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Minds + Machines’ numbers show new TLD auctions are getting out of control

Highly contested new TLD auctions are likely ending well above $10 million.

Minds + Machines put out a press release today about winning the .law and .vip domain names at auction, and the numbers in it provide hints about how much companies are paying to win private auctions for new TLDs. If my math is right, these new TLD auctions are getting out of control.

The company won .law and .vip, but lost five auctions: .design, .flowers, .group, .realestate and .video. Its net cash inflow from the losses after paying for the wins was $6.2 million.

The .VIP auction was an ICANN-facilitated auction, which means we know the exact price: $3,000,888. That means that Minds + Machines grossed at least $9.2 million from losing the auctions, plus whatever it paid for .law.

The release doesn’t disclose much about .law, other than that one other party participated with it in the auction in return for a share of .law royalties.

Let’s assume for a moment that Minds + Machines paid nothing out of pocket for .law. Let’s assume the partner paid all the cash. (Remember, one partner agreed to contribute up to $15 million for a single one of the domains it applied for.)

That means Minds + Machines received $9.2 million from losing the five auctions.

Here’s how many applicants there were for each of the five domains it lost:

.design 8
.flowers 4
.group 5
.realestate 4
.video 4

Ignore (because we have no option) that the domains didn’t sell for prices exactly proportionate to the number of participants. Also ignore the small amount of auctioneer fees and refunds for withdrawing applications.

Take away one from each for the winner, and that means the $9.2 million was M+M’s 5/20ths share of the pot, or 1/4.

With the caveats in mind, this suggests that these five domains sold for roughly $37 million combined, an average of over $7 million each.

The big bogey in this math is how much Minds + Machines paid for .law. If it also contributed cash, then the average paid for these five domains is much higher. As an example, assume it chipped in just $5 million and its partner paid the rest. Then it received $14.2 million from its five losses and the five auctions grossed $57 million, an average of over $10 million per domain.

Again, I had to simplify things given the data I have. The proportionality of auction participants to final price is a big question.

But one thing is apparent: the prices paid at ICANN’s auctions last week might be considered relative bargains.

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  1. Tom G

    Registry applicants seem to be even more bullish than previously thought. Seriously, if .tech is worth 6.7 million, and Amazon beats Google for .buy at 4.2 million, what is .APP worth? .Art?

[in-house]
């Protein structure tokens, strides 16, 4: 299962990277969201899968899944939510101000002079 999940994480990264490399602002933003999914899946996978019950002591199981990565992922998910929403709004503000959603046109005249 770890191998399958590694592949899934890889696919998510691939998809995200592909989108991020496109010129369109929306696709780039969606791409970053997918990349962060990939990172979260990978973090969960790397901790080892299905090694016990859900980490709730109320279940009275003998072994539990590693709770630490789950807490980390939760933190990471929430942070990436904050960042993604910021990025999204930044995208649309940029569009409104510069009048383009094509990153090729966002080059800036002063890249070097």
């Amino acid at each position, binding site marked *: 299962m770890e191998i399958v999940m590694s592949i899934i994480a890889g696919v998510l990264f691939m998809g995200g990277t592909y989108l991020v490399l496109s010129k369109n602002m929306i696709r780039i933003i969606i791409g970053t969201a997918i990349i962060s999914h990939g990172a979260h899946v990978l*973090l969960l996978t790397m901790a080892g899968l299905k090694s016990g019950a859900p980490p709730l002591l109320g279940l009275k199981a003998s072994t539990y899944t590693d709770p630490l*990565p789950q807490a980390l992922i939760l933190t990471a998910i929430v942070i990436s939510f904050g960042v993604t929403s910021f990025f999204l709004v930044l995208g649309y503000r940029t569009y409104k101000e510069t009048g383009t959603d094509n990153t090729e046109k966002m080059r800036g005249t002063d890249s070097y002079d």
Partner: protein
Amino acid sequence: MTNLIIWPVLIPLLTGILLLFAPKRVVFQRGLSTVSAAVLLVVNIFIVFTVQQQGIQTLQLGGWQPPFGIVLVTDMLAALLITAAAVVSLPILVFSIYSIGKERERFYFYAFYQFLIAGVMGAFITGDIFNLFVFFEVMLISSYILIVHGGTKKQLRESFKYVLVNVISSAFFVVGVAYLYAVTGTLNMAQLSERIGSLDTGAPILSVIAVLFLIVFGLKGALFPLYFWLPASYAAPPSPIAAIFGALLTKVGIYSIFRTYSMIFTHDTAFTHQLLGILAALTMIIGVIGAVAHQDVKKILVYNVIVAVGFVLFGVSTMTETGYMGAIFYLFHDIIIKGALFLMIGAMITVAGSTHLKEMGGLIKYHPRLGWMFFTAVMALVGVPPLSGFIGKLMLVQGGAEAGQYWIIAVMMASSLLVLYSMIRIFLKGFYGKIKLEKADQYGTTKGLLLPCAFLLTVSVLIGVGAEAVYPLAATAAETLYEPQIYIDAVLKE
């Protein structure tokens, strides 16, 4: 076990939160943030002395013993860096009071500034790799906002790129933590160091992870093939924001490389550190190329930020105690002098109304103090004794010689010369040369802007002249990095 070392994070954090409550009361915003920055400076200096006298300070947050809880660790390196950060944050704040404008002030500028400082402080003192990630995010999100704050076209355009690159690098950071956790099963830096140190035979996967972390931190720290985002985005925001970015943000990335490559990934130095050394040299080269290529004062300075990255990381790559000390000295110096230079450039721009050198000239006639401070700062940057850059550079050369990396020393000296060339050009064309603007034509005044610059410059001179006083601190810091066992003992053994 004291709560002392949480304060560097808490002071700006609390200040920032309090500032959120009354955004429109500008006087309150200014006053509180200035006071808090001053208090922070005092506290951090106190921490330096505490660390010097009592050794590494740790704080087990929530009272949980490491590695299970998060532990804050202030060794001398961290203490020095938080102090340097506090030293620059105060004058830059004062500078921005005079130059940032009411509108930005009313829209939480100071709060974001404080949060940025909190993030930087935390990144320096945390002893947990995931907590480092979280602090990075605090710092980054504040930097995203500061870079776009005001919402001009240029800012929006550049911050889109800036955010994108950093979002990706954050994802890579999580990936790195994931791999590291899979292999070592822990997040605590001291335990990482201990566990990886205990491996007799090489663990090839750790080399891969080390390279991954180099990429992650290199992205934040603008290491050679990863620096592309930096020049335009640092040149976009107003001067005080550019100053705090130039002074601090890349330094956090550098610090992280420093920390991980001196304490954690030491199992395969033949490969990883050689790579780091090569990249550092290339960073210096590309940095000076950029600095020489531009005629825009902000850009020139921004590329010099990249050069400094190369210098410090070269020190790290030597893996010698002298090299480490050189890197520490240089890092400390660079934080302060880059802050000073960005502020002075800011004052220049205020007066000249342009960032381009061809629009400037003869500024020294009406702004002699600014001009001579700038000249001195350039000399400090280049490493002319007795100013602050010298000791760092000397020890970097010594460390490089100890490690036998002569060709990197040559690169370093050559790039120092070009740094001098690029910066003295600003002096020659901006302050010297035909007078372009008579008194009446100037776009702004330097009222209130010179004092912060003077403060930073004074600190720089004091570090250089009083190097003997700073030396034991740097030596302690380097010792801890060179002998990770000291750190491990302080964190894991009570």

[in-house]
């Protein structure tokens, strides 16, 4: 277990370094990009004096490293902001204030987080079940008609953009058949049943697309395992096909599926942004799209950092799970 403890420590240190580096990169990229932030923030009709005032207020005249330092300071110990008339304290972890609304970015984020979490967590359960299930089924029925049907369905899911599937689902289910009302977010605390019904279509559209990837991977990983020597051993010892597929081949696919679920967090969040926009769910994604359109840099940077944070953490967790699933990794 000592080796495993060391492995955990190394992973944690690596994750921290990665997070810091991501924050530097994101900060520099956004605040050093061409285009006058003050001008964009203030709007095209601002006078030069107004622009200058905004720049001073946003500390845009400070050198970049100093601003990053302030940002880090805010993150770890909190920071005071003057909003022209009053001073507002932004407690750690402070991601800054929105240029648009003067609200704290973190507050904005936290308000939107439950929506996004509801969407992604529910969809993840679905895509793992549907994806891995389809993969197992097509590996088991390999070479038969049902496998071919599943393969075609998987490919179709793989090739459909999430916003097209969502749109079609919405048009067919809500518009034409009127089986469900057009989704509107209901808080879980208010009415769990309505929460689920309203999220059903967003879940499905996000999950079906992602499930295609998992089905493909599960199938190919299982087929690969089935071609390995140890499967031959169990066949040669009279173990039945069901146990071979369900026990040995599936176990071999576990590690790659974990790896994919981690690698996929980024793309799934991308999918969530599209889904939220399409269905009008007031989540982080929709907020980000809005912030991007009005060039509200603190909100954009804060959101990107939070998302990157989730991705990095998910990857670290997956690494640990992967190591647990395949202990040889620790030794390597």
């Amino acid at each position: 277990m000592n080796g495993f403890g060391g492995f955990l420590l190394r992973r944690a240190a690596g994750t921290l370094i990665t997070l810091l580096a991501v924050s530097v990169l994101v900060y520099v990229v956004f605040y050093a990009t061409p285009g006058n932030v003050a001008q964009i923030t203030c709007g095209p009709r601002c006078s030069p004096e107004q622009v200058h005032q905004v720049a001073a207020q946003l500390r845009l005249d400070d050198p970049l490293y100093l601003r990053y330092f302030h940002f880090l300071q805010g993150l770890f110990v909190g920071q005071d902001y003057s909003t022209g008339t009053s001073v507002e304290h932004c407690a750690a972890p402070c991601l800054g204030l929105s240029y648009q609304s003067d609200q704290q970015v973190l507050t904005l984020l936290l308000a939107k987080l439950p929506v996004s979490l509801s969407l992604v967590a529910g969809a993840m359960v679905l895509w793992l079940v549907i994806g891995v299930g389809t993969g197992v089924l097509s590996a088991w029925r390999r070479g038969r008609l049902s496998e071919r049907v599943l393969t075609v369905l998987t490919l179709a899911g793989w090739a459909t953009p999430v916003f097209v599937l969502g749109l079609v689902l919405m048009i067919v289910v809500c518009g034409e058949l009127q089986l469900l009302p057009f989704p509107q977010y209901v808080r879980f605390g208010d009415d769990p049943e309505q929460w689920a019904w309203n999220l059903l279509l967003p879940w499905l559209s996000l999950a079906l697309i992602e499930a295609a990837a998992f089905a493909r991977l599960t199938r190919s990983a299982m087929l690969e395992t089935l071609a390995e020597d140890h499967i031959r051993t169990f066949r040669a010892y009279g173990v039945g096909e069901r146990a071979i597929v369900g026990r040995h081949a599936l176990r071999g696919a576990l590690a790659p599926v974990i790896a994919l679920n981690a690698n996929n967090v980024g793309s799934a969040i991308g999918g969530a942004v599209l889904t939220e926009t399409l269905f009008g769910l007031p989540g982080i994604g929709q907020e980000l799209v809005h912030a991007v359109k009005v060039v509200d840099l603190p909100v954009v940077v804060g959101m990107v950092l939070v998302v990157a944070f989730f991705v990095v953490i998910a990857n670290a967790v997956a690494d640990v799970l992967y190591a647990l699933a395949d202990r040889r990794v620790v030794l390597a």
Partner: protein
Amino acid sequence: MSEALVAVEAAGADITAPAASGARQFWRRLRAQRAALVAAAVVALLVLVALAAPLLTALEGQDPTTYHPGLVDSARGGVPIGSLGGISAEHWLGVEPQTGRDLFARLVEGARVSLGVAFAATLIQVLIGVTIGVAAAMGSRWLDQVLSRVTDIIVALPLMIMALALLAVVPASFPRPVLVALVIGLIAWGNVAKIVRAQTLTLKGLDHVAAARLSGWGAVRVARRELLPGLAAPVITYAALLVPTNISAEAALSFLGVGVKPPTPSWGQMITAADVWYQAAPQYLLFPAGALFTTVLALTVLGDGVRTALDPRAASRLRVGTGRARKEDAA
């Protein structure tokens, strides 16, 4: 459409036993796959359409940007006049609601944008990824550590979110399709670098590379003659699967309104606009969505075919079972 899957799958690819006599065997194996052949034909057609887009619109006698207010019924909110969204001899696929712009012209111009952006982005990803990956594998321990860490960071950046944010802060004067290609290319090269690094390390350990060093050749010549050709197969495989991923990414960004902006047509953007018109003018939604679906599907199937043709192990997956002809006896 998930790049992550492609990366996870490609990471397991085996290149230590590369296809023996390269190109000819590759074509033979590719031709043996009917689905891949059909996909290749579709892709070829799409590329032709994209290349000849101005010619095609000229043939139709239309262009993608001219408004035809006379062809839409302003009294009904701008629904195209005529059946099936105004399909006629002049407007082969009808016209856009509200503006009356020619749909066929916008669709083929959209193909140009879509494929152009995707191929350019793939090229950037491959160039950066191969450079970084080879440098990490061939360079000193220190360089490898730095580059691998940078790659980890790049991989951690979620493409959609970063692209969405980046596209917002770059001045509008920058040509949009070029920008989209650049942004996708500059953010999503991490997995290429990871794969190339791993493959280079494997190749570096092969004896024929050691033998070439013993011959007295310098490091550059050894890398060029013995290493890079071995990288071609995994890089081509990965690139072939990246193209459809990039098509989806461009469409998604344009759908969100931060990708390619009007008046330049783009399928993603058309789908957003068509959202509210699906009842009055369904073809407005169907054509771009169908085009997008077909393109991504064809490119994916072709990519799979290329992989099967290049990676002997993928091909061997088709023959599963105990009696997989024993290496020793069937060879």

If this trend continues, we’ll see auctions in mid 8 figures over the next year.

  2. Ali G

    Too many variables. It only requires one of the TLDs that was lost to be disproportionately expensive to throw everything out and there’s every chance that a TLD like realestate was that biggie. Still, too many variables to draw useful conclusions.

  3. Mark

    How do these private auctions work? Say there are 5 applicants for one string and the winning applicant pay 8 millions, does it mean the four losing applicants receive 2 millions each, no matter how much they bid?

  4. Robbie

    The blowback for these pricey extensions will come years later, if you read the TOS of many of the registries, they have the right to increase renewals by infinite %, and you only have a short window to renew for set amount of years. Most corporate users will miss this regardless, so establish your sites, pay your premium fees, and in a few years we will double your renewal cost, what are you going to do about it?

    Those millions get eaten up by exec salaries, big parties, and bonus payouts, when the auctions are over, where will the money come from, hiking up renewals…

    You can bet your bottom dollar, if another round comes out, the auctions will be run differently.

    • Bul

      Just what I was thinking. It seems that there are just way too many new gTLD’s coming out every day and more in the pipeline. And yet most seem to be having a bad start. What I don’t understand is how the applicants have made the math on ROI given the multiples VC money attracts.

      • Robbie

        The real numbers will be shown upon renewals, especially on GA day, many domainers will not be able to carry these from speculation phase to an eventual aftermarket if that ever occurs.

  5. Antony Van Couvering

    I can’t contribute to your auction price speculation, but I can say that I have seen no evidence that ICANN auctions are cheaper than private auctions. We have won private auctions for TLDs at prices lower than at ICANN auctions, but also at higher prices. I do not see a correlation.

    It should not surprise anyone that auction prices appear to be going higher, regardless of venue. We are now getting into strings with multiple applicants, which correlates roughly to assumed estimates of worth, which translates to price paid. In other words, TLDs that were thought to be better attracted more applicants, and it should not be a surprise that they are likely also to garner a higher price. Because the private auctions require the assent of all parties, the ones with fewer applicants were easier to arrange, and went out earlier. Now, months later, we are getting to TLDs with 4+ applicants and they should be expected to sell for more.

    – Antony

  6. Phil Buckingham

    Tom Tom , I totally agree. With 12 applicants bidding for .app our valuation calcs with numerous variables indicate $30M +

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